The Canadian economy added nearly 11,000 jobs in July, the eighth consecutive month of growth, as the unemployment rate fell to its lowest point in nearly nine years, Statistics Canada said Friday.
The pace of job growth slowed, however, with 10,900 net new positions, down from an increase of 45,300 in June. The number of full-time jobs grew by 35,100, offset by the loss of 24,300 part-time jobs.
The unemployment rate declined by 0.2 percentage points to 6.3 per cent, its lowest level since October 2008 as the number of people looking for work dropped.
Employment increased in Ontario and Manitoba, while it declined in Alberta, Newfoundland and Labrador as well as in Prince Edward Island, Statistics Canada said.
July’s figure means the Canadian economy had added more than 387,000 jobs in the past 12 months. That’s the strongest 12-month figure in a decade.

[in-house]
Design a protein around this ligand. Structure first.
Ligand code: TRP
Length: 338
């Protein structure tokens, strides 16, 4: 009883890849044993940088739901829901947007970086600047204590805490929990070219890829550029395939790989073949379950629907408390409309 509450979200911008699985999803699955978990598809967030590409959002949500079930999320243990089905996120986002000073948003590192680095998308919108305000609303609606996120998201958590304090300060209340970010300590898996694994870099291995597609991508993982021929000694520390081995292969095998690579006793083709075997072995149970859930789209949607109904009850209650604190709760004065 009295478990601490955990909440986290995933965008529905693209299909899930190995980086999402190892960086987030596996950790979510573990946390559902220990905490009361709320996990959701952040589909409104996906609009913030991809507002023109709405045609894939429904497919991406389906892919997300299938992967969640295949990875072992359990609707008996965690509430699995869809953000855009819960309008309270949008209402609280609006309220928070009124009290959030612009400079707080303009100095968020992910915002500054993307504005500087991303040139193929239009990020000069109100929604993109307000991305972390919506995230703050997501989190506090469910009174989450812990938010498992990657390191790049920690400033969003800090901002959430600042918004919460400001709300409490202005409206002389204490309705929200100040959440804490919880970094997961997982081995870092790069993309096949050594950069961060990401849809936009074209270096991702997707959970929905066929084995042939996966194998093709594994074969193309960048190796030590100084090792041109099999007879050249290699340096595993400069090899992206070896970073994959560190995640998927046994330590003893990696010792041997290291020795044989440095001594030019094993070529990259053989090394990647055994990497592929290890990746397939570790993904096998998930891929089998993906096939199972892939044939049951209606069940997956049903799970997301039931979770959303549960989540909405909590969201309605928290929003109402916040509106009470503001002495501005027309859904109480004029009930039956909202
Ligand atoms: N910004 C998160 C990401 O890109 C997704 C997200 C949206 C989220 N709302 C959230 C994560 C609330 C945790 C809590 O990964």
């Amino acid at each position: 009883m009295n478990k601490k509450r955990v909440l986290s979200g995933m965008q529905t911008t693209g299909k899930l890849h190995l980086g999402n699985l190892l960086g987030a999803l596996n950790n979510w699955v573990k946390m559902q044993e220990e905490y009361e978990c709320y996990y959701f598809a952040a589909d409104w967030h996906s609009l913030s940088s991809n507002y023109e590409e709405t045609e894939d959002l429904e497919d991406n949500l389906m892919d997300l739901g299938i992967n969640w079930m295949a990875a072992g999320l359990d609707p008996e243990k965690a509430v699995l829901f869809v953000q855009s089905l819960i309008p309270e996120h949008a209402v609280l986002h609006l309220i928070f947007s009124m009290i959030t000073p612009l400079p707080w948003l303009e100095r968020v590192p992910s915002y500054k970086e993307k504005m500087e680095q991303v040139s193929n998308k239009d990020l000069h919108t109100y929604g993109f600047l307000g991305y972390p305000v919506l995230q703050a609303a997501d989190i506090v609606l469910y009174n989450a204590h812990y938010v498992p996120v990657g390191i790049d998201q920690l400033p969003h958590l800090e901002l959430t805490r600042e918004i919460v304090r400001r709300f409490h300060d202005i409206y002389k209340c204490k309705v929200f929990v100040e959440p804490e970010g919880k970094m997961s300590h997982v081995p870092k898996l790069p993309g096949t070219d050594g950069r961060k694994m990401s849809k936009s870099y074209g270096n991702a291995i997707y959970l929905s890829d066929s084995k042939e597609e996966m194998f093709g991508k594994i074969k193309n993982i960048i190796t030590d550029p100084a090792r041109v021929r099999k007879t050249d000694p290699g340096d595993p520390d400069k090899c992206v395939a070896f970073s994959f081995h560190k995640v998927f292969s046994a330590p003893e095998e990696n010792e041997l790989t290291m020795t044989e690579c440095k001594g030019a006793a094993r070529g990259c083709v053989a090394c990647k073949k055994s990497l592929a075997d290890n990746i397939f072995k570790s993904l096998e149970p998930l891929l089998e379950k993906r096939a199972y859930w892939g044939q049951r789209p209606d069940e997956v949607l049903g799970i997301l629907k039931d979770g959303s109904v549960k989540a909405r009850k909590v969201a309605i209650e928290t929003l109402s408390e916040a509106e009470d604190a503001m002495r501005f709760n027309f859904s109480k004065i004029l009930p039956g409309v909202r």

RBC economist Josh Nye said the average monthly increase of 28,000 jobs in the last twelve months is well above the pace needed to absorb new entrants into the labour force. Strong job gains are consistent with above-trend growth in the economy, he said.
RBC is monitoring a 3.7-per-cent increase in GDP in the second quarter, which would match the previous quarter’s gain and make Canada the growth leader among its G7 peers, Nye said.
TD Bank economist Brian DePratto said the jobs report was a bit of a mixed bag.
“The drop in the unemployment rate was led by fewer Canadians looking for work, although some solace can be taken in that the decline appeared to be led by younger and older individuals, as ‘core’ working age participation remained solid,” DePratto wrote in an analysis note to clients.
With files from The Canadian Press